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January 19, 2010
Sitting in Christchurch and Port Elizabeth respectively, Shane Bond and Wayne Parnell were full of nervous excitement as both were following the IPL auction live, taking place in Mumbai. Their names were part of the first two pools that went under the hammer when bidding started at noon on Tuesday.
The auction had already got off to an eventful beginning; the first man on the list, Pakistan's Twenty20 captain Shahid Afridi, was ignored by all eight franchises. Before you could swallow that shock the auctioneer announced "Kieron Pollard". For the next 25 minutes the Trinidad giant imposed himself across the auction hall as four teams battled for his services. Eventually the Mumbai Indians snapped him up through the silent tie-breaker for an undisclosed sum.
Bond was getting edgy. "I did have sweaty palms and was little nervous to begin with," he told Cricinfo. "There were a couple of players before me but once it unfolded it became really exciting."
He had to hold on for some more time because Parnell's name was called up for the bidding. Immediately, Delhi Daredevils and Deccan Chargers jumped in the fray. Only 20, Parnell became the youngest South African to get a national contract last year and featured in the series-levelling Test against England at the Wanderers last week, where he picked two important wickets of Andrew Strauss and Kevin Pietersen in the second innings. Considering his inexperience, it was surprising to see Delhi and Deccan wanting to shell out more than US$500,000 for him. Parnell himself was stunned at the eventual winning bid, of $610,000 from Delhi. He now becomes the third most expensive South African in the League after JP Duminy (US$950,000) and Jacques Kallis (US$900,000).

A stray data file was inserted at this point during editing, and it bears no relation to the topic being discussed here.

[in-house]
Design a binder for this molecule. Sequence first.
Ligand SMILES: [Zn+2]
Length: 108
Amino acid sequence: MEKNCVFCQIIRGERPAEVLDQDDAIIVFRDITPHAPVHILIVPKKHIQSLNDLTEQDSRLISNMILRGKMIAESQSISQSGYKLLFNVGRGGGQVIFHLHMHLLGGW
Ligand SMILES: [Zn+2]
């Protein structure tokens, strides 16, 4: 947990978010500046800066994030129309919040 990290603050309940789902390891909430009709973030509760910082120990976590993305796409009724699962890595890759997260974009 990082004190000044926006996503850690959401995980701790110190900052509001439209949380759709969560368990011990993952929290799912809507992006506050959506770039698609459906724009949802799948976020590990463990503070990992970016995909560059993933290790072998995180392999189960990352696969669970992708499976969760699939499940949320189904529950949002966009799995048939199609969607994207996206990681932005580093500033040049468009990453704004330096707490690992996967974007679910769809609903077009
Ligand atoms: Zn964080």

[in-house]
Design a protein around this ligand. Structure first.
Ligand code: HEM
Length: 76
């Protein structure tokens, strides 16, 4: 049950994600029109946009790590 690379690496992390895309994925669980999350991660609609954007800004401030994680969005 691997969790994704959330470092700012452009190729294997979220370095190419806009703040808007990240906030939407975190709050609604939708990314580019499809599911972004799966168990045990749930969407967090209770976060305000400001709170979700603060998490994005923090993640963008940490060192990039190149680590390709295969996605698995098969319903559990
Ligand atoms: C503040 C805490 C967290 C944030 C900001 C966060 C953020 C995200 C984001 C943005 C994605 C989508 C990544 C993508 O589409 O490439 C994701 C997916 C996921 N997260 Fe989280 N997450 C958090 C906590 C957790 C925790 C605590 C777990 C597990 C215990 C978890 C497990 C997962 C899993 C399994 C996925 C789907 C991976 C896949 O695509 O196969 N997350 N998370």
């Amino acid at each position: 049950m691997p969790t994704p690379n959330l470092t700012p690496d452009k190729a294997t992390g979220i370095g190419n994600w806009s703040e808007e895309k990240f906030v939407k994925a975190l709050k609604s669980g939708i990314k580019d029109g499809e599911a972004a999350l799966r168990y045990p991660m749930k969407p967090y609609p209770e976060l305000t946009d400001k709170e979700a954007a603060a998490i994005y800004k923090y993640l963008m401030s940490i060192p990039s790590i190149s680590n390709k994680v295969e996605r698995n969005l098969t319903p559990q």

"I didn't expect that much but I am really excited," Parnell said from his home in Port Elizabeth. "I never expected the price to be so high. I expected I would get anywhere between $300,000-350,000."
IPL think-tanks had been tracking the South African's progress since his impressive performances against Australia during the home series in 2009. Parnell was first noticed though, during the 2008 Under-19 World Cup in Malaysia, where he led South Africa to the final. He played one ODI and another Twenty20 during South Africa's tour of Australia later that year. Having excelled at home against Ricky Ponting's team, Parnell travelled to England last year to participate in the ICC World Twenty20, where he again caught the eye with nine wickets and a miserly economy rate of 5.71.
The IPL scouts had already knocked on his door when the IPL had moved to South Africa last year. "AB [de Villiers] introduced me to the bowling coach of Delhi during the last IPL in South Africa," Parnell said. Recently the Mumbai Indians were in touch with him before the auction.
But Parnell refuses to believe that he is worth more than half-a-million dollars. "It is unbelievable. I was not worried about the price. I just wanted the opportunity to play and show what I am worth," he said. "But am excited that I am worth that high so it is an added bonus."